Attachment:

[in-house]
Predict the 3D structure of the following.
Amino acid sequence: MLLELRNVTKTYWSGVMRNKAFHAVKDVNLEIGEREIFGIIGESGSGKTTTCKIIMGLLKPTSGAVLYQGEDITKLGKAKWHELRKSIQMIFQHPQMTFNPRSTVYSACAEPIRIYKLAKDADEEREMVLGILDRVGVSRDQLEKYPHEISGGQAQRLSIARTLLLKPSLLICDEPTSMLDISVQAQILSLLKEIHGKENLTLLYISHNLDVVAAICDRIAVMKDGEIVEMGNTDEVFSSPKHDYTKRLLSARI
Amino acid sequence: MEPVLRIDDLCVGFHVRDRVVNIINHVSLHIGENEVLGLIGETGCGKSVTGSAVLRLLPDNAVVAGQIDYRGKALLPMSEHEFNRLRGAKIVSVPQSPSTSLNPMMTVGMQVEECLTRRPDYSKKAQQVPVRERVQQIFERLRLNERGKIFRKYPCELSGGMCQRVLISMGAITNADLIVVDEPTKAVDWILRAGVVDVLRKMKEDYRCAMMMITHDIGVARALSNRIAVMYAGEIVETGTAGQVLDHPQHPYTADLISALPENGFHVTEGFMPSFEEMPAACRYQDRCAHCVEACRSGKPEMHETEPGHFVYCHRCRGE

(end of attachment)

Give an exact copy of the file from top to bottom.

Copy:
[in-house]
Predict the 3D structure of the following.
Amino acid sequence: MLLELRNVTKTYWSGVMRNKAFHAVKDVNLEIGEREIFGIIGESGSGKTTTCKIIMGLLKPTSGAVLYQGEDITKLGKAKWHELRKSIQMIFQHPQMTFNPRSTVYSACAEPIRIYKLAKDADEEREMVLGILDRVGVSRDQLEKYPHEISGGQAQRLSIARTLLLKPSLLICDEPTSMLDISVQAQILSLLKEIHGKENLTLLYISHNLDVVAAICDRIAVMKDGEIVEMGNTDEVFSSPKHDYTKRLLSARI
Amino acid sequence: MEPVLRIDDLCVGFHVRDRVVNIINHVSLHIGENEVLGLIGETGCGKSVTGSAVLRLLPDNAVVAGQIDYRGKALLPMSEHEFNRLRGAKIVSVPQSPSTSLNPMMTVGMQVEECLTRRPDYSKKAQQVPVRERVQQIFERLRLNERGKIFRKYPCELSGGMCQRVLISMGAITNADLIVVDEPTKAVDWILRAGVVDVLRKMKEDYRCAMMMITHDIGVARALSNRIAVMYAGEIVETGTAGQVLDHPQHPYTADLISALPENGFHVTEGFMPSFEEMPAACRYQDRCAHCVEACRSGKPEMHETEPGHFVYCHRCRGE